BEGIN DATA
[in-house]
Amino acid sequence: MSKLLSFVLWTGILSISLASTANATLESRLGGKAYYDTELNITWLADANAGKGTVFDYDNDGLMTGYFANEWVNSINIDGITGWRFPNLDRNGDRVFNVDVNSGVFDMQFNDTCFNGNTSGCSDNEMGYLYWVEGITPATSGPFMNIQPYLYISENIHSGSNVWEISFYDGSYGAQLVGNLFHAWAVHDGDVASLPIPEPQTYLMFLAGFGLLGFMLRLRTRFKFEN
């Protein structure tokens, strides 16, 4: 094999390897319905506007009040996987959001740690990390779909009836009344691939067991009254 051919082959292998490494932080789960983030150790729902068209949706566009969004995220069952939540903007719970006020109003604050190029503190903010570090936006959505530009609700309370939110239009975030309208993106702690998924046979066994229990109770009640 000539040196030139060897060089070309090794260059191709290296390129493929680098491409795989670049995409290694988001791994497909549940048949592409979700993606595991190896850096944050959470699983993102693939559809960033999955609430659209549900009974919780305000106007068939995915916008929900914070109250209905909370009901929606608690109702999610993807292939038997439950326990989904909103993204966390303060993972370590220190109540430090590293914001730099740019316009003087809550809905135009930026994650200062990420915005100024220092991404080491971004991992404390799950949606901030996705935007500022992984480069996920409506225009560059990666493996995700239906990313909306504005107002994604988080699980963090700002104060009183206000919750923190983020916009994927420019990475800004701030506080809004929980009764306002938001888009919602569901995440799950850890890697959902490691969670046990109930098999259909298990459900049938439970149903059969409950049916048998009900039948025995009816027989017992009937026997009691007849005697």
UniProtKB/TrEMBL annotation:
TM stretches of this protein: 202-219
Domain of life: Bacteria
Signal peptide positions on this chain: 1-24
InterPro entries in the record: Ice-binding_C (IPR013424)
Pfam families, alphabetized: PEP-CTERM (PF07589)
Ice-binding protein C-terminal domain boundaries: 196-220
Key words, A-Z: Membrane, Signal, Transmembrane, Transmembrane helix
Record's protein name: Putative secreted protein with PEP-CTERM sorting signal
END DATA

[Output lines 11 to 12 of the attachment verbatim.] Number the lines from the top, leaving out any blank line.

Key words, A-Z: Membrane, Signal, Transmembrane, Transmembrane helix
Record's protein name: Putative secreted protein with PEP-CTERM sorting signal